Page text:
Joanne Garde-Hansen again:
Facebook is a database of users for users; each user’s page is a database of their life.
I disagree. Facebook does have a huge database, but it’s how it uses that data that is important.
Its real strength is using context to create meaning. Check this out.
A user (in this case, my bro!) types something into the status update box. Just one simple line of text.
On its own, that text is pretty meaningless. A short string of characters sitting on a server somewhere.
So let’s look at how Facebook connects pieces of information to create context.
Here that string of text has been connected with other info: the user’s name and profile pic, the time he posted it, and the method he used to do so.
There’s also the opportunity for other users to interact, and they do:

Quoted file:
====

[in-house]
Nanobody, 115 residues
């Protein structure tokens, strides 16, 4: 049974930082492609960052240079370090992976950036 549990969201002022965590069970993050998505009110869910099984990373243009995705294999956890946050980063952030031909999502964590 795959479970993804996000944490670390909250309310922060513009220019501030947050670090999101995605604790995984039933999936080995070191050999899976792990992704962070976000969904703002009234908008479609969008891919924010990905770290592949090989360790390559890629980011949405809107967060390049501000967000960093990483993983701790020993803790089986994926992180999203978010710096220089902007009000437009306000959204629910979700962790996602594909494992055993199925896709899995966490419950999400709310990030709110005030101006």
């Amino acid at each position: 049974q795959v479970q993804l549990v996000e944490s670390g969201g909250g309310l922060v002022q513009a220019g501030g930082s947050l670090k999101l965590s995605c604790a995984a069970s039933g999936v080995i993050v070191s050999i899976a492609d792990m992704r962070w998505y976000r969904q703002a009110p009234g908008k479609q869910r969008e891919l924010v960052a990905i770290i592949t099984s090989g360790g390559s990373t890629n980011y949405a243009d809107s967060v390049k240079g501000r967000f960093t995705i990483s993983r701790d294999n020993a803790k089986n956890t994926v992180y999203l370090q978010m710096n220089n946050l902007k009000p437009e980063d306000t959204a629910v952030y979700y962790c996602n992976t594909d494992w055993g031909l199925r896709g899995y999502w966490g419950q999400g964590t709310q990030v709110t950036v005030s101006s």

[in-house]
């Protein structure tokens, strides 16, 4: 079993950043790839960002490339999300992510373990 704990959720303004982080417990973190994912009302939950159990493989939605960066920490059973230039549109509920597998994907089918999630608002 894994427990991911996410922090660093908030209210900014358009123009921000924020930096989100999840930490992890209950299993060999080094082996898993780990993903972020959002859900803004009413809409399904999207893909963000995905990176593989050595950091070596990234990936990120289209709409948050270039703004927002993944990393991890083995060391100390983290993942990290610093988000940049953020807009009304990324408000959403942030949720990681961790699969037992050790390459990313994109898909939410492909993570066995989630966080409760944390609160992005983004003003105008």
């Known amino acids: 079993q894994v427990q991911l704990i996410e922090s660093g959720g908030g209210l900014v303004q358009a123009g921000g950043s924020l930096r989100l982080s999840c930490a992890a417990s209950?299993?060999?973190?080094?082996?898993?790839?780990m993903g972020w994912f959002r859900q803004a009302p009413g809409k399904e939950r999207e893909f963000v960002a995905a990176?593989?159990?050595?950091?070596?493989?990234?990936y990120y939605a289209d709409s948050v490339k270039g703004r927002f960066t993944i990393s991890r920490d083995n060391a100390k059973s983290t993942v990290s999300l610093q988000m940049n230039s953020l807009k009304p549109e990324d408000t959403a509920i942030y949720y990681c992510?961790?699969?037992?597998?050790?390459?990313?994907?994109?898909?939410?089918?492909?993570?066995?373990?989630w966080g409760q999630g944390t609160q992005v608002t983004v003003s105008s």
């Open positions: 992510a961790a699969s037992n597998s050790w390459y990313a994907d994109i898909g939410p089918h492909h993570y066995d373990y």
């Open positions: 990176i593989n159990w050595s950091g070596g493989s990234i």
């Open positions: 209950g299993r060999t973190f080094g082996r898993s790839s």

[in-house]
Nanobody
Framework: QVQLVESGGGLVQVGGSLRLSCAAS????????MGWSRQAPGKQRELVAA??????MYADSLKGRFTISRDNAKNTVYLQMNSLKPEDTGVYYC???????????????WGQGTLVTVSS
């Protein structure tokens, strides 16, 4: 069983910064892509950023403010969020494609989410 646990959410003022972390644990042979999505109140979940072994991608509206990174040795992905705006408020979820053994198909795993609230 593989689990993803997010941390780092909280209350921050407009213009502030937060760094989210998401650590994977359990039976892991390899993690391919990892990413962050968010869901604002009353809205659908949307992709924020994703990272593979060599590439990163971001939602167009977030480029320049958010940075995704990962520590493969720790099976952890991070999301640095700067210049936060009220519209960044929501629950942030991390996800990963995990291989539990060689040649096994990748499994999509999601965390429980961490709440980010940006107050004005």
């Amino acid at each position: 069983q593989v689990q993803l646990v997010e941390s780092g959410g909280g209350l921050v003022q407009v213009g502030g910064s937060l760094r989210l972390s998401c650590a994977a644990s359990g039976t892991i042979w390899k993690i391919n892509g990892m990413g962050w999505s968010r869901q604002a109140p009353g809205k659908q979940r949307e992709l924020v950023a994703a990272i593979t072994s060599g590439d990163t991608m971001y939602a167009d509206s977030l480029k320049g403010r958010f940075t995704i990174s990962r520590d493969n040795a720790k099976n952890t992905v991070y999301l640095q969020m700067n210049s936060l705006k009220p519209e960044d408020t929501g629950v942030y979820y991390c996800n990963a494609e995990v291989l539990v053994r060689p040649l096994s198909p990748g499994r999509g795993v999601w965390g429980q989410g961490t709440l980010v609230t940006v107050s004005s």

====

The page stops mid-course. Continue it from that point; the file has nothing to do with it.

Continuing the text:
So now there are two Likes, so there’s social info connected too – info generated by other users of the site. So that one simple string of text has been put into context by Facebook, and re-presented to Sam and his friends along with a whole load of other information which, in sum, creates an engaging experience for users of the site.
And when you start to see Facebook like that – as a connector of small snippets of information – then you can see just how clever and complex it is:
Facebook connects many small things to make one big thing – and that big thing looks different to everyone, depending on the context Facebook creates for all those millions of small things.
So Facebook is not a database. Databases don’t offer context. Facebook connects information to create context, and context creates meaning.
Facebook is a meaning machine.
Garde-Hansen, J. (2009). My memories? Personal digital archive fever and Facebook. In Save as… Digital memories, ed. Garde-Hansen, J., Hoskins, A., and Reading, A.. London: Palgrave Macmillan, pp.135-150